The Constitutional Court (Con-Court) yesterday delivered a landmark ruling which has far-reaching implications for the policing of public gatherings and protests in the country.
It said the draconian Public Order and Security Act (Posa) — which was a favourite weapon of former leader Robert Mugabe whenever he needed to crush the opposition — is unconstitutional.
Posa was enacted in 2002, replacing the equally detested Law and Order Maintenance Act (Loma), which was enacted by the Rhodesians before the country’s independence in 1980, to suppress political activism by blacks during the bitter years of Zimbabwe’s liberation struggle.
Under Posa, police enjoyed wide and discretional powers — such as sanctioning or banning public gatherings and peaceful demonstrations — with some rogue officers often using excessive force to deal with peaceful protesters.
“Having found that the limitation in Section 27 of Posa is not fair, reasonable or necessary, I have not been able to find any other basis upon which it can be justified.
“In addition to failing to pass the test on fairness, necessity and reasonableness, there is another feature of Section 27 of Posa that I find disturbing.
“It has no time frame or limitation as to the number of times the regulating authority can invoke the powers granted to him or her under the Section. Thus, a despotic regulating authority, could lawfully invoke these powers without end.
“This could be achieved by publishing notices prohibiting demonstrations back to back as long as each time the period of the ban is for one month or less.
“It thus has the potential of negating or nullifying the rights not only completely but virtually,” the historic judgment put together by Rita Makarau, and agreed to by eight other judges, noted.
The apex court also said in terms of the country’s Constitution, peaceful demonstrations were a guaranteed right.
“On the basis of the foregoing, it is my finding that Section 27 of the Public Order and Security Act (Chapter 11:17) is unconstitutional.
“In the result, I make the following order: the question referred to this court by the Supreme Court is answered as follows: Section 27 of the Public Order and Security Act (Chapter 7:11) is unconstitutional.
“The declaration of constitutional invalidity of Section 27 of the Public Order and Security Act is suspended for six months from the date of this judgment,” the court ruled.
The Con-Court ruling came as a result of an application by vendors, opposition parties and civic groups — who challenged section 27 of Posa which was routinely used by the government to thwart and crush demonstrations in the past.
This, in turn, came after Judge President George Chiweshe had upheld a ban on demonstrations in 2016, after ruling that police were within the Constitution parameters then, and that Posa was justified in a democratic society.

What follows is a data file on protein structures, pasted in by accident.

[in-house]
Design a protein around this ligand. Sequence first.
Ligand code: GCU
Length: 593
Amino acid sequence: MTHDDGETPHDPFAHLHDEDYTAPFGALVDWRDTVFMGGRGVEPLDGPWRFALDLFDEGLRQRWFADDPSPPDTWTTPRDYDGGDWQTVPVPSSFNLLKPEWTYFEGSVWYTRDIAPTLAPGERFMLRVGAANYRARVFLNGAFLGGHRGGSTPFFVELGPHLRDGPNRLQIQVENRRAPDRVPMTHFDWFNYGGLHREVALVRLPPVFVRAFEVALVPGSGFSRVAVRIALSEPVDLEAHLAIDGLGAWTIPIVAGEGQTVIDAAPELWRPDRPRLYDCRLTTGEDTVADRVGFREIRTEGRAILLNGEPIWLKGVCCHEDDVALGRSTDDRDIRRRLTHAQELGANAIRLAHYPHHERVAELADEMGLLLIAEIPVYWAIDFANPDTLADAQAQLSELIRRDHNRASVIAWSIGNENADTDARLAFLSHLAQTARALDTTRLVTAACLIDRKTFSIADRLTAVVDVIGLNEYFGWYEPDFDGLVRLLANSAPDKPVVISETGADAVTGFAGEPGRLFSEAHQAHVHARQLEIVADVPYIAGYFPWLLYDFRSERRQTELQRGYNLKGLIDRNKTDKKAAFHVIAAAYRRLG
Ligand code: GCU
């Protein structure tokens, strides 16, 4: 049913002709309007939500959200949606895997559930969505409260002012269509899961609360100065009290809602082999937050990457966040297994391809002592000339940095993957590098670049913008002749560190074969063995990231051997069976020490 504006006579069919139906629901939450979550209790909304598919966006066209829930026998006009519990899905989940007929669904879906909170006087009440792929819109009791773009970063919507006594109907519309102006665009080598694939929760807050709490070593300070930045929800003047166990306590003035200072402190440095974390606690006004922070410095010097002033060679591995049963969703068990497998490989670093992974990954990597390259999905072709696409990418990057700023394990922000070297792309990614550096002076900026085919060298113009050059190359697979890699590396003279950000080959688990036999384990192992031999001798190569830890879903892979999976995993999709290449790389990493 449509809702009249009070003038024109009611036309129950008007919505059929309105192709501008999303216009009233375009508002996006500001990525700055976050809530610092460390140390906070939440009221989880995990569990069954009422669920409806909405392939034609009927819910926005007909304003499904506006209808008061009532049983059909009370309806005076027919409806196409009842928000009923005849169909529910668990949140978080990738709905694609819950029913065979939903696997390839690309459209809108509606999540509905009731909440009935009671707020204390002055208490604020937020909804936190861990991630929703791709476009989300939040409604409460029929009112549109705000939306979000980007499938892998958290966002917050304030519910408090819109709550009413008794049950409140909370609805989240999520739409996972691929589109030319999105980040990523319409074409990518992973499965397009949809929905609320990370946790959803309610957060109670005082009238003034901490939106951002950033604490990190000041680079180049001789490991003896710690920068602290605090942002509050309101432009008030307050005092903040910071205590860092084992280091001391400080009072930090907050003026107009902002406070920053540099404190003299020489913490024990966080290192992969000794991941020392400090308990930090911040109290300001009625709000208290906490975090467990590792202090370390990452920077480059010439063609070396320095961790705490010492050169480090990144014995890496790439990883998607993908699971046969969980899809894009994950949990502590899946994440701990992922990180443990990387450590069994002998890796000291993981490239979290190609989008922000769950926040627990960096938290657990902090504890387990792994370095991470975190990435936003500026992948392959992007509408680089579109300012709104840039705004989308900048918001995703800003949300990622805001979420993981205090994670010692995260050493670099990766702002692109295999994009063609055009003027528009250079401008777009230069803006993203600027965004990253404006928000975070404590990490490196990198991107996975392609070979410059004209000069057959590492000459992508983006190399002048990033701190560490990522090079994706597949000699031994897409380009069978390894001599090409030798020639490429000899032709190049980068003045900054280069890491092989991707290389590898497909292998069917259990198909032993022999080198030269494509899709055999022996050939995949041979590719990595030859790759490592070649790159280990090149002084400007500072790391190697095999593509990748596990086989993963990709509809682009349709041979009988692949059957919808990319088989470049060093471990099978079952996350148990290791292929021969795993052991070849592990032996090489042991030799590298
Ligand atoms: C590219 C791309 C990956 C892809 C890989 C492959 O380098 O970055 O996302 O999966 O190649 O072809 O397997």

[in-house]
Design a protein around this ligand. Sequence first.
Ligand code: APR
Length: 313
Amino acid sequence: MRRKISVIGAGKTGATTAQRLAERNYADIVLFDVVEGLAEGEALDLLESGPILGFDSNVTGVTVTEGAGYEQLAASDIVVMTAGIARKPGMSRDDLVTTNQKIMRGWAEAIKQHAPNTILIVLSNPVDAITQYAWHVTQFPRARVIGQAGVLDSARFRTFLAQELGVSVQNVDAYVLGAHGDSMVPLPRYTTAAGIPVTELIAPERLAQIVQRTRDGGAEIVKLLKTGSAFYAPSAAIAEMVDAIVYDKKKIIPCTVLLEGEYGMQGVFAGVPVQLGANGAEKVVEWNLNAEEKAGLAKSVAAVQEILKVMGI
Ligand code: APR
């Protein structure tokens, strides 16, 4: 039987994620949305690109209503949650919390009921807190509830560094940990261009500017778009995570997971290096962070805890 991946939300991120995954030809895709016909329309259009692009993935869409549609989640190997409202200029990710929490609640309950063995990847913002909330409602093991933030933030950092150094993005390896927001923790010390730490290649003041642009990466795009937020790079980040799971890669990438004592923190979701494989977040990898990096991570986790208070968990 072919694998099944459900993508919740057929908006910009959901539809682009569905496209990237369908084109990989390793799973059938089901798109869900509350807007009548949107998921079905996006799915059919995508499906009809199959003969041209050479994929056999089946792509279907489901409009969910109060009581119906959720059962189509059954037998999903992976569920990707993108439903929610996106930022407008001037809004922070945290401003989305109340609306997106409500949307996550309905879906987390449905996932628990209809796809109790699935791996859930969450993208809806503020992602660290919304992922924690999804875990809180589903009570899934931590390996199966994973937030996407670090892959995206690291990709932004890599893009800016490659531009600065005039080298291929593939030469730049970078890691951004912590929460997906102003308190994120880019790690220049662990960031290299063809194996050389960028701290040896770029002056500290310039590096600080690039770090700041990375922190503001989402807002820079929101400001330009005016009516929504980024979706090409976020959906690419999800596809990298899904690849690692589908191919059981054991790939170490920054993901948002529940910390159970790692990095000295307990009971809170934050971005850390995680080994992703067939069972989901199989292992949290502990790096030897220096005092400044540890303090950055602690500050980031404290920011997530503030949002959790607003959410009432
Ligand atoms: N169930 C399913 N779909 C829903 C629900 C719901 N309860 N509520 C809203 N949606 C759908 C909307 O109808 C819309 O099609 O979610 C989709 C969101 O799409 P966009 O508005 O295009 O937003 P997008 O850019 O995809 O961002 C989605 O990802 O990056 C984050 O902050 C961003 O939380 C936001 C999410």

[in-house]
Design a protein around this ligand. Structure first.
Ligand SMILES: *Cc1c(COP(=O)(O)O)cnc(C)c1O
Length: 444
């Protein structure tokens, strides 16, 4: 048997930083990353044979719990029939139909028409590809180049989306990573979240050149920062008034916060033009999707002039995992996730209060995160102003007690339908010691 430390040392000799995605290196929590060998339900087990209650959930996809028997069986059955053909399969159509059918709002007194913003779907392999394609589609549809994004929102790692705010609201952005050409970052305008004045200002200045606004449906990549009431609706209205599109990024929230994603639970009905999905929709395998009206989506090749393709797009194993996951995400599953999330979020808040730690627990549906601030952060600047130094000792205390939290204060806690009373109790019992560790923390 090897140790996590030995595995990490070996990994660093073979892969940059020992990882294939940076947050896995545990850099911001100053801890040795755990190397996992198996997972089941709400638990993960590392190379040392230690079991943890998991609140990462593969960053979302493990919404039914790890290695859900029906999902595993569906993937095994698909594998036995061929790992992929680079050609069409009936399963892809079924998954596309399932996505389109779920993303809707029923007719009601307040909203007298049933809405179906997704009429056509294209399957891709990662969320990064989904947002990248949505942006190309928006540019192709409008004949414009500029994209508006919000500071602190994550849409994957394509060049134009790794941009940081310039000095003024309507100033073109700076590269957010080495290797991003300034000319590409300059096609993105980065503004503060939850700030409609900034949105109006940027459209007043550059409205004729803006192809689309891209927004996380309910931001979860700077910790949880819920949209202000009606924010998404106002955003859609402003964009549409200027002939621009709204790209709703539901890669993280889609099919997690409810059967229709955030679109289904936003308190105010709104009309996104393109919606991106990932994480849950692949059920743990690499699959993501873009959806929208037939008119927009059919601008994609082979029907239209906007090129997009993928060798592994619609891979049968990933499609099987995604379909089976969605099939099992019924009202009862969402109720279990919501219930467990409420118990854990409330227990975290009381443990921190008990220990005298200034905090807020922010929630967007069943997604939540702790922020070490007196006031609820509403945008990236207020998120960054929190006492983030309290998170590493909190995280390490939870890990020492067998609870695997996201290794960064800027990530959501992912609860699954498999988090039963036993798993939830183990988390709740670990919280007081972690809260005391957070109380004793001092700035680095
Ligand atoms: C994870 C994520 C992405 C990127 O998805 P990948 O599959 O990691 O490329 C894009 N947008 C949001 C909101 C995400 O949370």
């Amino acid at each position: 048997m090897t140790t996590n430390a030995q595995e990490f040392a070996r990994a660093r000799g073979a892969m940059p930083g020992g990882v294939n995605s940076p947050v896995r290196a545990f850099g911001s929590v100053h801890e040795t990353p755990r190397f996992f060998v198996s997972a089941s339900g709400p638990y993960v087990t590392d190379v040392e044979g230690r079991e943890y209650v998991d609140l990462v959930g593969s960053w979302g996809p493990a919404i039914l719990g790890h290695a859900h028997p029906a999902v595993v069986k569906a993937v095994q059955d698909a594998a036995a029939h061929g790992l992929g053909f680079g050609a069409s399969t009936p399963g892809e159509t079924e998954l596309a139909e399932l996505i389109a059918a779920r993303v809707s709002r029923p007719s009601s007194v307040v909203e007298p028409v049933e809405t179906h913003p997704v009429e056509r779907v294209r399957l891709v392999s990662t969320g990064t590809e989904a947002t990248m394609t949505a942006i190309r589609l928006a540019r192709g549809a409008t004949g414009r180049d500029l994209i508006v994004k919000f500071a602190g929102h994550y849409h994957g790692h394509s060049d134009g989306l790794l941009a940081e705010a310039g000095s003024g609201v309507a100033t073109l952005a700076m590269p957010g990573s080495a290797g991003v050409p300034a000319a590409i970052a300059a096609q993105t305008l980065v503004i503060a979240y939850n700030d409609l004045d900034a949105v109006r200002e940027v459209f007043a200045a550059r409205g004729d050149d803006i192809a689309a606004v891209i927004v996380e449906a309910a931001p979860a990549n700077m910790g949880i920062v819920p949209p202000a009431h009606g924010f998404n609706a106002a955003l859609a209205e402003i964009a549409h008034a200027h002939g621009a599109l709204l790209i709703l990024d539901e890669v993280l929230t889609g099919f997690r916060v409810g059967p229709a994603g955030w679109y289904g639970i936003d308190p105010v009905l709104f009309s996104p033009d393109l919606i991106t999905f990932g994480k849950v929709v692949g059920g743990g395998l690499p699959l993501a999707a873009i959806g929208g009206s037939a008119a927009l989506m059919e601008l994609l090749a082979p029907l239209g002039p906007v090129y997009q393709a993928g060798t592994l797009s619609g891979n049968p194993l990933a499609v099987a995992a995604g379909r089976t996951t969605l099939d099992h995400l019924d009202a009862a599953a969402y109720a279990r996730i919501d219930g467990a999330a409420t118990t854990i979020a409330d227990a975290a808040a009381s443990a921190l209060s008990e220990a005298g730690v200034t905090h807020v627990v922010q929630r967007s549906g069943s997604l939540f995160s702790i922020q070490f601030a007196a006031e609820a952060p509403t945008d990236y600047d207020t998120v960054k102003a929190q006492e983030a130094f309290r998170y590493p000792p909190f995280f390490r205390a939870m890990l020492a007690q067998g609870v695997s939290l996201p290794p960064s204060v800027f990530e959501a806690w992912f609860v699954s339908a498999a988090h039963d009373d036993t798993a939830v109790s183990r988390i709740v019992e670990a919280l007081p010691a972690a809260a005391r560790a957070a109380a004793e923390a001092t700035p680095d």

Yesterday, the Con-Court vehemently disagreed with that ruling.
“Once having found that the provisions of Section 27 of Posa have the effect of imposing greater restrictions than are necessary to achieve their purpose, the High Court ought to have found the provision unconstitutional without qualification.
“It is the blanket or dragnet effect of the ban that is permissible under Section 27 of Posa that taints the whole provision.
“It matters not that the ban may be limited both geographically and in terms of time, a blanket or dragnet ban is neither fair, reasonable nor necessary. It is irrational,” the Con-Court said.
Under Posa, public gatherings had to be first cleared by the police — who effectively acted as the judges, jury and executioners — and this resulted in tens of thousands of Zimbabweans becoming victims of this provision.
Analysts also say Posa was one of the key instruments that were used to keep Mugabe in power for nearly four decades — as it was exploitatively deployed to foil dissent and peaceful demonstrations under his ruinous rule.
Yesterday’s ruling comes as temperatures are rising over the government’s recent austerity measures, which have been rejected by long-suffering ordinary Zimbabweans.
Meanwhile, political analysts told the DAILY NEWS that the Con-Court ruling was most significant and “an encouraging sign” under President Emmerson Mnangagwa’s
“I think it will be important for the government to acknowledge that the law has been misused in the past for political purposes.
“I think that this will go a long way in building some faith and credibility in the government.
“Posa was really a strengthened iteration of the Rhodesian legislation that was a repressive component of the legal machinery that (late Rhodesian leader) Ian Smith regime had in place,” said Piers Pigou — a senior consultant with the International Crisis Group.
Namibia-based scholar Admire Mare said the court ruling was a victory for ordinary people who had suffered much at the brutal hands of authorities.
“I think it’s a victory for all progressive and democracy loving Zimbabweans because finally citizens can organise, raise their grievances and co-ordinate public gatherings without being constrained by an archaic piece of legislation.
“Let’s hope more unconstitutional laws will now be dealt with once and for all,” Mare told the Daily News.
Stephen Chan, Professor of World Politics at the School of Oriental and African Studies (SOAS) — of the University of London — also welcomed the Con-Court ruling.
“I have myself always regarded Posa as not being in keeping with the Constitution. At this stage I would simply view this as correct jurisprudential thinking on an Act which was both suppressive and unconstitutional,” Chan said.